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Epsilon User's Manual and Reference
   Primitives and EEL Subroutines
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         File Writing Primitives
         Line Translation Primitives
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         Tagging Internals
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         Calling Windows DLLs
         Running a Process
            Concurrent Process Primitives
            Other Process Primitives
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         Control Flow
         Character Types
         Examining Strings
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Calling Windows DLLs  Primitives and EEL Subroutines   Concurrent Process Primitives

Epsilon User's Manual and Reference > Primitives and EEL Subroutines > Operating System Primitives >

Running a Process

The following sections describe the EEL primitives for running a program. Here's a summary of the key differences among them.

   shell  concur_shell  pipe_text  winexec  run_viewer
 Windows  •  •  •  •  
 Mac/Unix  •  •  •    
 Can wait  •    •  •  
 Searches path  •  •  •    
 Opens docs  Win  Win  Win    
 Captures output  •  •  •    
 Provides input    •  •    
 Interactive    •      
 Cmd line flags  •  •  •  •  
 Hide/max/min  •      •  


Windows: Supported under Windows. Mac/Unix: Supported under Mac OS X, Linux, and FreeBSD. Can wait: Primitive can be set to wait until subprocess has terminated before returning. Searches path: Primitive looks for executable along PATH environment variable, so executable's full path may be omitted.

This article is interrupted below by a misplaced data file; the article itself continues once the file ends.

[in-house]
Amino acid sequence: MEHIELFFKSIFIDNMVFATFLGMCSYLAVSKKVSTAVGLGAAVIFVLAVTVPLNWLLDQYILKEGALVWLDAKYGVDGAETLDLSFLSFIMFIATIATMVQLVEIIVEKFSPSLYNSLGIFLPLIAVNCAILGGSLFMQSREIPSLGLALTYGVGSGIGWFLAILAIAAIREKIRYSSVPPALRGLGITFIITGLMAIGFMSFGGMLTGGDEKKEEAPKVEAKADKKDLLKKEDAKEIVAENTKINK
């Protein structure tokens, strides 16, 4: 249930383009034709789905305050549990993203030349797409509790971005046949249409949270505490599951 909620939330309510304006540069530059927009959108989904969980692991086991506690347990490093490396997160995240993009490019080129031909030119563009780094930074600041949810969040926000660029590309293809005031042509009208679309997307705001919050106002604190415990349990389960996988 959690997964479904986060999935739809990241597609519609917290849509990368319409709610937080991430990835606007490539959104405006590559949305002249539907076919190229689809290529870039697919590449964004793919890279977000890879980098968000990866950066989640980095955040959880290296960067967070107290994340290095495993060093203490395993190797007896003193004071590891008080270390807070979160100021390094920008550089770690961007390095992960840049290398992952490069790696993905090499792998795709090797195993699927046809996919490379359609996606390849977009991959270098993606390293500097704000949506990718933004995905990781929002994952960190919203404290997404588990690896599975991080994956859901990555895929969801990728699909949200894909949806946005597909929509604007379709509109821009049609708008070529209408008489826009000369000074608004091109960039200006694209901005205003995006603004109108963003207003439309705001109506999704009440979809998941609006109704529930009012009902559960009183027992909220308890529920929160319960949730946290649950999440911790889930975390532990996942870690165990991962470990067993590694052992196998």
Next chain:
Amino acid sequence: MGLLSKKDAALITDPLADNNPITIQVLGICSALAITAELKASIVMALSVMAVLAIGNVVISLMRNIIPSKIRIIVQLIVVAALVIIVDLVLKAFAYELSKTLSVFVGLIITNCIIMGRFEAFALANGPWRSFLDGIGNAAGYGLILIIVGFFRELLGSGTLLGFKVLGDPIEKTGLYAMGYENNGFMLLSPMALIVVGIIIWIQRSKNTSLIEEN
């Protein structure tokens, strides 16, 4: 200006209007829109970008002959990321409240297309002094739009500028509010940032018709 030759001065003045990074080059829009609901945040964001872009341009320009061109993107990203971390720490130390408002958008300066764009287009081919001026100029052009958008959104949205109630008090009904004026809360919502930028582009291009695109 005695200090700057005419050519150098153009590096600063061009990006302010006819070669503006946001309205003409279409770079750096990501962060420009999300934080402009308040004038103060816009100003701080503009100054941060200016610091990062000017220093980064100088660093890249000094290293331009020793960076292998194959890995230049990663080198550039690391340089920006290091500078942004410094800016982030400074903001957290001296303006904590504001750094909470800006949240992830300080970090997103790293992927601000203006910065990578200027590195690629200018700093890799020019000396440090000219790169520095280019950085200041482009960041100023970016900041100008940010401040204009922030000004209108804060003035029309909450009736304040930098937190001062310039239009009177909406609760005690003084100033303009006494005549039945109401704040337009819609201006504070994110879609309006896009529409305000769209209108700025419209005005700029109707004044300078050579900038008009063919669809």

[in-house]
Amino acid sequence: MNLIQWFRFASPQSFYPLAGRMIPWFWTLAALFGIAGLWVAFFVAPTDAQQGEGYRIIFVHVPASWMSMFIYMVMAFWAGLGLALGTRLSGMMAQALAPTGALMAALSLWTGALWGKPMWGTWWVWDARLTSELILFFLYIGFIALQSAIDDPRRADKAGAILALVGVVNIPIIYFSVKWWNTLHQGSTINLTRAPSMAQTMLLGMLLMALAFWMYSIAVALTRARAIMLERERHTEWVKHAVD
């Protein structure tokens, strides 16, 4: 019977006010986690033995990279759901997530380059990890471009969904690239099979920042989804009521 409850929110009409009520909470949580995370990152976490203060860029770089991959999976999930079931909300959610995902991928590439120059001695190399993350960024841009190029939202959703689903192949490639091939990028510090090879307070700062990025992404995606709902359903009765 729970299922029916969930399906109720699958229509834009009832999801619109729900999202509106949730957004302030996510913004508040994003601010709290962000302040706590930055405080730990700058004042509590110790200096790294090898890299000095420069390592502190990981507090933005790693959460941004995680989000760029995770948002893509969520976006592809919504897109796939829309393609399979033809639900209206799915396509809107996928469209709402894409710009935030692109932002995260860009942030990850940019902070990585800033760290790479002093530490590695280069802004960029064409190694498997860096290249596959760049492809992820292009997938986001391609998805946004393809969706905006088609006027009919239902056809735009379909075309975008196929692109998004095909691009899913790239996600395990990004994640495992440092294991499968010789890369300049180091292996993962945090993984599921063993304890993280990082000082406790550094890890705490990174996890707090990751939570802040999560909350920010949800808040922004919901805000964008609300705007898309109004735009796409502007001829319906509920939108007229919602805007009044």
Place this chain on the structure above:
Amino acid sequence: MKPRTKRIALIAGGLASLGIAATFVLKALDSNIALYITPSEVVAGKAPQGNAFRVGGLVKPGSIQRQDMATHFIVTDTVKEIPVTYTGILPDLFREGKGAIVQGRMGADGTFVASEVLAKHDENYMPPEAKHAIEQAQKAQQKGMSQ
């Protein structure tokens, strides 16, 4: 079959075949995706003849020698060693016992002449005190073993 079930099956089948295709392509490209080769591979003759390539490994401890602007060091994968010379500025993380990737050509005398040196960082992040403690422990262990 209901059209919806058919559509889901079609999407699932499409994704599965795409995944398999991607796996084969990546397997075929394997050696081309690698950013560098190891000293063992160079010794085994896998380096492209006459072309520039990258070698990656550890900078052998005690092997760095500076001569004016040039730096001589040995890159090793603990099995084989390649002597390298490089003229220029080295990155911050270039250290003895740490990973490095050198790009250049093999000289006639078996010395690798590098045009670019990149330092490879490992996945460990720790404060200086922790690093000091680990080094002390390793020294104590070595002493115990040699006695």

Opens docs: You can provide the full path of a non-executable file instead of a program, and the appropriate program to open or display it will be run, per system settings. (Win indicates this only works under Windows.)

Captures output: Can retrieve text sent by a command-line program to its standard output into a buffer. Provides input: Can send a block of text from a buffer to a command-line program's standard input. Interactive: Can send text to a command-line program as it runs, interspersed with retrieving its output, allowing programmatic interaction.

Cmd line flags: Can run program and pass it parameters on its command line. Hide/max/min: Can set the GUI process's window hidden, or maximize or minimize it.

int shell(char *program, char *cline, char *buf, ?int flags)

The shell( ) primitive takes the name of an executable file (a program) and a command line, pushes to the program, and gives it that command line. The primitive returns the result code of the wait() system call, or -1 if an error occurred. In the latter case, the error number is in errno.

The first argument to shell( ) is the name of the actual file a program is in, including any directory prefix. The second argument to shell( ) is the command line to pass to the program.